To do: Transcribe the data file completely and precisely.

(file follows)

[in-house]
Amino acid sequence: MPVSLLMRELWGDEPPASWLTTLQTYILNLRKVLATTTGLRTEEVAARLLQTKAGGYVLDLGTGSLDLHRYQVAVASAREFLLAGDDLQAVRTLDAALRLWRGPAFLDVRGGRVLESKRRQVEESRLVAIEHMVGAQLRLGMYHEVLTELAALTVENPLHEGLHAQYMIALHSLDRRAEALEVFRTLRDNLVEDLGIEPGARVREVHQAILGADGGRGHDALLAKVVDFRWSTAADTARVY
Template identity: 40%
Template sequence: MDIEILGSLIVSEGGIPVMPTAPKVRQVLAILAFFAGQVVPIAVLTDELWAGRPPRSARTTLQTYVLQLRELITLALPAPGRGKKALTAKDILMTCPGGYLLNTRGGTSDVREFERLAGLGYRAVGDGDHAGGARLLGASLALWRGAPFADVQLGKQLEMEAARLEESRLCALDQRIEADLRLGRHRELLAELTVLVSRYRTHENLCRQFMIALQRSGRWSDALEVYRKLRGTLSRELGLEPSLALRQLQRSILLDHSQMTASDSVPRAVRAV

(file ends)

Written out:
[in-house]
Amino acid sequence: MPVSLLMRELWGDEPPASWLTTLQTYILNLRKVLATTTGLRTEEVAARLLQTKAGGYVLDLGTGSLDLHRYQVAVASAREFLLAGDDLQAVRTLDAALRLWRGPAFLDVRGGRVLESKRRQVEESRLVAIEHMVGAQLRLGMYHEVLTELAALTVENPLHEGLHAQYMIALHSLDRRAEALEVFRTLRDNLVEDLGIEPGARVREVHQAILGADGGRGHDALLAKVVDFRWSTAADTARVY
Template identity: 40%
Template sequence: MDIEILGSLIVSEGGIPVMPTAPKVRQVLAILAFFAGQVVPIAVLTDELWAGRPPRSARTTLQTYVLQLRELITLALPAPGRGKKALTAKDILMTCPGGYLLNTRGGTSDVREFERLAGLGYRAVGDGDHAGGARLLGASLALWRGAPFADVQLGKQLEMEAARLEESRLCALDQRIEADLRLGRHRELLAELTVLVSRYRTHENLCRQFMIALQRSGRWSDALEVYRKLRGTLSRELGLEPSLALRQLQRSILLDHSQMTASDSVPRAVRAV